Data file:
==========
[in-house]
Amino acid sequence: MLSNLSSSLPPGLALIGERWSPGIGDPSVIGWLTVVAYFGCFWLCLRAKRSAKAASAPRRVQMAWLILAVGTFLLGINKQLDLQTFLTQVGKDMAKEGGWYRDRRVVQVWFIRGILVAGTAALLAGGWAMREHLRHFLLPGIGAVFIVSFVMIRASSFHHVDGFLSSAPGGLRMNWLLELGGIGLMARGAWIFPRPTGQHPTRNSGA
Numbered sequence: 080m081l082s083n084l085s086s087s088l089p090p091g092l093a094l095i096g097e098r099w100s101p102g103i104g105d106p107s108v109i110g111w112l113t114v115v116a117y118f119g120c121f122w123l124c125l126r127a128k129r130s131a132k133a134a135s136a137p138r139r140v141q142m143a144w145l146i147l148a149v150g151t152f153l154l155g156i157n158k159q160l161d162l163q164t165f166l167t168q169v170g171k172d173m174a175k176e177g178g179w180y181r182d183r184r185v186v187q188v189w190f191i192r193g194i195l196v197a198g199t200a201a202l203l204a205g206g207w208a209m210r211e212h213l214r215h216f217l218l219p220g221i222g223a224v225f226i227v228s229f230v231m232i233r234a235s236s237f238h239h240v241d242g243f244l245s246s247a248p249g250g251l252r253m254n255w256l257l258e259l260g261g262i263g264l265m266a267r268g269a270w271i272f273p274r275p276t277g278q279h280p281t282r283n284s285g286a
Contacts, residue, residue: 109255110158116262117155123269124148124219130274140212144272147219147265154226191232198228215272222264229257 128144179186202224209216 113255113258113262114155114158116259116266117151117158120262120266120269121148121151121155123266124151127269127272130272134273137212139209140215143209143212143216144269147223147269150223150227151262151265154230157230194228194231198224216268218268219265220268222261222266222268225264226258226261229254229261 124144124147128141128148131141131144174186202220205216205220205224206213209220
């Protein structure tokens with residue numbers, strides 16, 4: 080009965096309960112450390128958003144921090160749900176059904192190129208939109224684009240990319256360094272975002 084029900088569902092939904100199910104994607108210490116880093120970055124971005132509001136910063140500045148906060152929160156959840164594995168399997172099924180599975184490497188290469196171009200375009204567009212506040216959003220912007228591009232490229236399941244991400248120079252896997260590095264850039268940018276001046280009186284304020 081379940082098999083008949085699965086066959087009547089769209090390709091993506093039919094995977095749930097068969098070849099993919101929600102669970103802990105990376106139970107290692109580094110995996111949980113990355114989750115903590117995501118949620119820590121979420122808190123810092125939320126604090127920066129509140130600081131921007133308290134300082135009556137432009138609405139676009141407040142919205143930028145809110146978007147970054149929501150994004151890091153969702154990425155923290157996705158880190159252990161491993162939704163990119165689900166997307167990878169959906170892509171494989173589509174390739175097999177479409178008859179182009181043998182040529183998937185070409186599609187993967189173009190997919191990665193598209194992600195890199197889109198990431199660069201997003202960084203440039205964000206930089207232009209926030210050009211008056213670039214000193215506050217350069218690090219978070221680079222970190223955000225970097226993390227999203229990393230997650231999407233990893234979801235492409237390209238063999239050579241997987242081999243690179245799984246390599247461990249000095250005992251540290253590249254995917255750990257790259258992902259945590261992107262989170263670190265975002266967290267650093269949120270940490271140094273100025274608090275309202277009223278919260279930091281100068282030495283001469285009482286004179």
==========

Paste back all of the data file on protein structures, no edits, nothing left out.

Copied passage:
[in-house]
Amino acid sequence: MLSNLSSSLPPGLALIGERWSPGIGDPSVIGWLTVVAYFGCFWLCLRAKRSAKAASAPRRVQMAWLILAVGTFLLGINKQLDLQTFLTQVGKDMAKEGGWYRDRRVVQVWFIRGILVAGTAALLAGGWAMREHLRHFLLPGIGAVFIVSFVMIRASSFHHVDGFLSSAPGGLRMNWLLELGGIGLMARGAWIFPRPTGQHPTRNSGA
Numbered sequence: 080m081l082s083n084l085s086s087s088l089p090p091g092l093a094l095i096g097e098r099w100s101p102g103i104g105d106p107s108v109i110g111w112l113t114v115v116a117y118f119g120c121f122w123l124c125l126r127a128k129r130s131a132k133a134a135s136a137p138r139r140v141q142m143a144w145l146i147l148a149v150g151t152f153l154l155g156i157n158k159q160l161d162l163q164t165f166l167t168q169v170g171k172d173m174a175k176e177g178g179w180y181r182d183r184r185v186v187q188v189w190f191i192r193g194i195l196v197a198g199t200a201a202l203l204a205g206g207w208a209m210r211e212h213l214r215h216f217l218l219p220g221i222g223a224v225f226i227v228s229f230v231m232i233r234a235s236s237f238h239h240v241d242g243f244l245s246s247a248p249g250g251l252r253m254n255w256l257l258e259l260g261g262i263g264l265m266a267r268g269a270w271i272f273p274r275p276t277g278q279h280p281t282r283n284s285g286a
Contacts, residue, residue: 109255110158116262117155123269124148124219130274140212144272147219147265154226191232198228215272222264229257 128144179186202224209216 113255113258113262114155114158116259116266117151117158120262120266120269121148121151121155123266124151127269127272130272134273137212139209140215143209143212143216144269147223147269150223150227151262151265154230157230194228194231198224216268218268219265220268222261222266222268225264226258226261229254229261 124144124147128141128148131141131144174186202220205216205220205224206213209220
């Protein structure tokens with residue numbers, strides 16, 4: 080009965096309960112450390128958003144921090160749900176059904192190129208939109224684009240990319256360094272975002 084029900088569902092939904100199910104994607108210490116880093120970055124971005132509001136910063140500045148906060152929160156959840164594995168399997172099924180599975184490497188290469196171009200375009204567009212506040216959003220912007228591009232490229236399941244991400248120079252896997260590095264850039268940018276001046280009186284304020 081379940082098999083008949085699965086066959087009547089769209090390709091993506093039919094995977095749930097068969098070849099993919101929600102669970103802990105990376106139970107290692109580094110995996111949980113990355114989750115903590117995501118949620119820590121979420122808190123810092125939320126604090127920066129509140130600081131921007133308290134300082135009556137432009138609405139676009141407040142919205143930028145809110146978007147970054149929501150994004151890091153969702154990425155923290157996705158880190159252990161491993162939704163990119165689900166997307167990878169959906170892509171494989173589509174390739175097999177479409178008859179182009181043998182040529183998937185070409186599609187993967189173009190997919191990665193598209194992600195890199197889109198990431199660069201997003202960084203440039205964000206930089207232009209926030210050009211008056213670039214000193215506050217350069218690090219978070221680079222970190223955000225970097226993390227999203229990393230997650231999407233990893234979801235492409237390209238063999239050579241997987242081999243690179245799984246390599247461990249000095250005992251540290253590249254995917255750990257790259258992902259945590261992107262989170263670190265975002266967290267650093269949120270940490271140094273100025274608090275309202277009223278919260279930091281100068282030495283001469285009482286004179």